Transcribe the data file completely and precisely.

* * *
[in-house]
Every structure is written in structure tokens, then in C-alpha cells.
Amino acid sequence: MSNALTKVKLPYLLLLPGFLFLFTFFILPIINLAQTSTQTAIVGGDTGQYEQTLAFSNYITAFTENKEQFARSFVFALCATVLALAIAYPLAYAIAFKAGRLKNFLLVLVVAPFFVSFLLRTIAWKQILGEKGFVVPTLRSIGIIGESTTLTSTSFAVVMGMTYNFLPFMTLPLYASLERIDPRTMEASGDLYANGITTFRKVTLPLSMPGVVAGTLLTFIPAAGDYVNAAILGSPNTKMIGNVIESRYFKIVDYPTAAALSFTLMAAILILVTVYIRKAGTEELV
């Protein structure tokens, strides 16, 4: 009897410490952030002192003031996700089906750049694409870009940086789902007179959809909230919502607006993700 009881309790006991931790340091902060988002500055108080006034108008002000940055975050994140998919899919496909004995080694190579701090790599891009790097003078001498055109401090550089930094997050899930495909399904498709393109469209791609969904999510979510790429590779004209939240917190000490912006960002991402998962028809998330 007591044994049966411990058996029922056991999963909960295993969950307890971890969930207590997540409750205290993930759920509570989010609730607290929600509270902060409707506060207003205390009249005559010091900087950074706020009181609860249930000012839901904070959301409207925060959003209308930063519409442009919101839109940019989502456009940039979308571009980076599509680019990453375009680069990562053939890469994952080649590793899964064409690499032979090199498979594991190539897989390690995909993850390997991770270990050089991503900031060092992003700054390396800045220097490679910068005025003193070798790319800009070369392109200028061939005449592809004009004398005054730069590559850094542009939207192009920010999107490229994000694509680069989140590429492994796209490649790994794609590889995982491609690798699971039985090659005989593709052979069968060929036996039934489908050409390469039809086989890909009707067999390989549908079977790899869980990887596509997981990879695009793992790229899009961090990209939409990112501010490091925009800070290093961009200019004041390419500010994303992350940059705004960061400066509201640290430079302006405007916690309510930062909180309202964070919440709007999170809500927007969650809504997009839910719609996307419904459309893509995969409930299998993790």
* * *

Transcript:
[in-house]
Every structure is written in structure tokens, then in C-alpha cells.
Amino acid sequence: MSNALTKVKLPYLLLLPGFLFLFTFFILPIINLAQTSTQTAIVGGDTGQYEQTLAFSNYITAFTENKEQFARSFVFALCATVLALAIAYPLAYAIAFKAGRLKNFLLVLVVAPFFVSFLLRTIAWKQILGEKGFVVPTLRSIGIIGESTTLTSTSFAVVMGMTYNFLPFMTLPLYASLERIDPRTMEASGDLYANGITTFRKVTLPLSMPGVVAGTLLTFIPAAGDYVNAAILGSPNTKMIGNVIESRYFKIVDYPTAAALSFTLMAAILILVTVYIRKAGTEELV
């Protein structure tokens, strides 16, 4: 009897410490952030002192003031996700089906750049694409870009940086789902007179959809909230919502607006993700 009881309790006991931790340091902060988002500055108080006034108008002000940055975050994140998919899919496909004995080694190579701090790599891009790097003078001498055109401090550089930094997050899930495909399904498709393109469209791609969904999510979510790429590779004209939240917190000490912006960002991402998962028809998330 007591044994049966411990058996029922056991999963909960295993969950307890971890969930207590997540409750205290993930759920509570989010609730607290929600509270902060409707506060207003205390009249005559010091900087950074706020009181609860249930000012839901904070959301409207925060959003209308930063519409442009919101839109940019989502456009940039979308571009980076599509680019990453375009680069990562053939890469994952080649590793899964064409690499032979090199498979594991190539897989390690995909993850390997991770270990050089991503900031060092992003700054390396800045220097490679910068005025003193070798790319800009070369392109200028061939005449592809004009004398005054730069590559850094542009939207192009920010999107490229994000694509680069989140590429492994796209490649790994794609590889995982491609690798699971039985090659005989593709052979069968060929036996039934489908050409390469039809086989890909009707067999390989549908079977790899869980990887596509997981990879695009793992790229899009961090990209939409990112501010490091925009800070290093961009200019004041390419500010994303992350940059705004960061400066509201640290430079302006405007916690309510930062909180309202964070919440709007999170809500927007969650809504997009839910719609996307419904459309893509995969409930299998993790």